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Diabetes is a lifelong condition that causes a person’s blood sugar level to become too high. 
Type 2 diabetes is far more common than type 1. In the UK, around 90% of all adults with diabetes have type 2. 
Symptoms of Diabetes 
Feeling very thirsty 
Urinating more frequently than usual, particularly at night 
Feeling very tired 
Weight loss and loss of muscle bulk 
Frequent episodes of thrush 
Cuts or wounds that heal slowly 
Blurred Vision 
Type 1 diabetes can develop quickly over weeks or even days, whereas many people have type 2 diabetes for years without realising because the early symptoms tend to be general. 
What Causes Diabetes? 
The amount of sugar in the blood is controlled by a hormone called insulin, which is produced by the pancreas. When food is digested and enters your bloodstream, insulin moves glucose out of the blood and into cells, where it’s broken down to produce energy. 
However, if you have diabetes, your body is unable to break down glucose into energy. This is because there’s not enough insulin to move the glucose, or the insulin produced doesn’t work properly. 
Diabetic retinopathy is a complication of diabetes, caused by high blood sugar levels damaging the back of the eye (retina). It can cause blindness if left undiagnosed and untreated.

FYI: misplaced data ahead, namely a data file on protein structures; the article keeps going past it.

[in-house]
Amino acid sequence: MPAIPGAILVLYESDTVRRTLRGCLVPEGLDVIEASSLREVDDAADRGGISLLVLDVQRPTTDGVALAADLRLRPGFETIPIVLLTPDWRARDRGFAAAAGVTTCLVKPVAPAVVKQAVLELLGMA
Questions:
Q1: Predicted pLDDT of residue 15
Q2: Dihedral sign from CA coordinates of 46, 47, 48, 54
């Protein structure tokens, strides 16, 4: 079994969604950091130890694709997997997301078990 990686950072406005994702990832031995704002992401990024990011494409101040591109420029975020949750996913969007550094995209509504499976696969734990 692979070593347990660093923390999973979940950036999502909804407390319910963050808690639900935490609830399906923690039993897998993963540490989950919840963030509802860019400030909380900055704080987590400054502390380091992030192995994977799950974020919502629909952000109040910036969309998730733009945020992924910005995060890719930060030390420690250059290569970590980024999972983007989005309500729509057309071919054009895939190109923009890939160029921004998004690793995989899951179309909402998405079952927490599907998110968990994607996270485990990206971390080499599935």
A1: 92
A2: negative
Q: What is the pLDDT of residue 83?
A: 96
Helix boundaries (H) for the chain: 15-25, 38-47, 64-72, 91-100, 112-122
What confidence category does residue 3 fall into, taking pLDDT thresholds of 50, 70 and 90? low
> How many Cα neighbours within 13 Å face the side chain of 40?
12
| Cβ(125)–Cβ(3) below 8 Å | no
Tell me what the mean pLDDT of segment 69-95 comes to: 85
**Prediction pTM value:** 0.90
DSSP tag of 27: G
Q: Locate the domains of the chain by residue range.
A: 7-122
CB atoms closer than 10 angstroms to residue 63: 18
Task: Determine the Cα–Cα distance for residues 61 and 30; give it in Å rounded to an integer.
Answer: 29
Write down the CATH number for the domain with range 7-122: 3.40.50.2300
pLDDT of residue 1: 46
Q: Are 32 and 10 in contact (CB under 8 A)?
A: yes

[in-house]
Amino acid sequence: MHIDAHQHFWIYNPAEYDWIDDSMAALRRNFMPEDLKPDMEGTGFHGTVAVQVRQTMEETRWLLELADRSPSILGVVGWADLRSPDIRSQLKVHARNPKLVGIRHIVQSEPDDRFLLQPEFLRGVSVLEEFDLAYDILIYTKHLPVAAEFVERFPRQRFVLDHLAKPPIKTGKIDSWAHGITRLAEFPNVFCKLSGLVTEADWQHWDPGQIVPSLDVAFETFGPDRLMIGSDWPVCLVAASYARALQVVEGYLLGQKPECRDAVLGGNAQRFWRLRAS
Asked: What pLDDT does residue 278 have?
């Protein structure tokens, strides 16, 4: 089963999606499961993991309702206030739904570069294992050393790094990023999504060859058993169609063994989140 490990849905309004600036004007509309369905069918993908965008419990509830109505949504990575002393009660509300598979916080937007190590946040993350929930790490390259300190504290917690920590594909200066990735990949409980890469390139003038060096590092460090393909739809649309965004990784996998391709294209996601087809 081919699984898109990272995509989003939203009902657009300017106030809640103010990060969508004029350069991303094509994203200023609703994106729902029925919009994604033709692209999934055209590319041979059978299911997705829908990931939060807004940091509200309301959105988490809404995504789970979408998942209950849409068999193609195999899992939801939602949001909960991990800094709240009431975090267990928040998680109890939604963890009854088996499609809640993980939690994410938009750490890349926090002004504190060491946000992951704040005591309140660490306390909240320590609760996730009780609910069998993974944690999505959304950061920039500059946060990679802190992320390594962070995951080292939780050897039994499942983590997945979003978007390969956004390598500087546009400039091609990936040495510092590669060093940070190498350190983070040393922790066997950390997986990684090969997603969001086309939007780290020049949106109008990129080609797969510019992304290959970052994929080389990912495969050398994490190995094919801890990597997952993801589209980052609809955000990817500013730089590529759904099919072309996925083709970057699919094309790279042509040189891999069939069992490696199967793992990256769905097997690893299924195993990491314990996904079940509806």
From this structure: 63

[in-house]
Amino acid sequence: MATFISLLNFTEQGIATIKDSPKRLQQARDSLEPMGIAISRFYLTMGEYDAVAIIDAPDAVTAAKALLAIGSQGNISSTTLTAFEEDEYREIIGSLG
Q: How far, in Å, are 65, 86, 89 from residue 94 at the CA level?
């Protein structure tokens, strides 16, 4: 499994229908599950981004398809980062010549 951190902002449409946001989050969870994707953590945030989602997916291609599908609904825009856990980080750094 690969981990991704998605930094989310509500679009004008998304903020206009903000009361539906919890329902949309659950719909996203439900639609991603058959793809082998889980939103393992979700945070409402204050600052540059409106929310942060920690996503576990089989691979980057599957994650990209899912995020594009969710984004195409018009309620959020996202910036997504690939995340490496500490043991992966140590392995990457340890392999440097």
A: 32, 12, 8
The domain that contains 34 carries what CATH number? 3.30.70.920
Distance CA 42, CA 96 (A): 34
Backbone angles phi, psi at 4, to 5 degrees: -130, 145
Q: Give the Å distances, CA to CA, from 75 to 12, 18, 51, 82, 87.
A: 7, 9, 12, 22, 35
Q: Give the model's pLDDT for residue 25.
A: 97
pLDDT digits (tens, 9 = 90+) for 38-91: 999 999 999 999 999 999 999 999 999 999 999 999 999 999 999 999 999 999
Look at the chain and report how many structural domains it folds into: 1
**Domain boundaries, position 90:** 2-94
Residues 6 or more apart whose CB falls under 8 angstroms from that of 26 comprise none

Anyone with type 1 diabetes or type 2 diabetes is potentially at risk of developing diabetic retinopathy.  
To enable your screener to obtain a clear photograph, they will place drops into your eyes to dilate your pupils. The drops take approximately 20 minutes to make your pupils bigger, after which time they will be able to take clear and detailed photographs. Depending on your result, you may be advised to return for another appointment a year later, attend more regular appointments, or discuss treatment options with a specialist. 
The drops used to dilate your pupils will gradually wear off after a few hours. However, your vision may be blurred during this time and you may possibly be more sensitive to sunlight. We therefore recommend that you do not drive following your appointment and to take a pair of sunglasses to wear following your screening. 
It is important that you are aware that your diabetic screening is now a separate procedure from you regular eye examination.  
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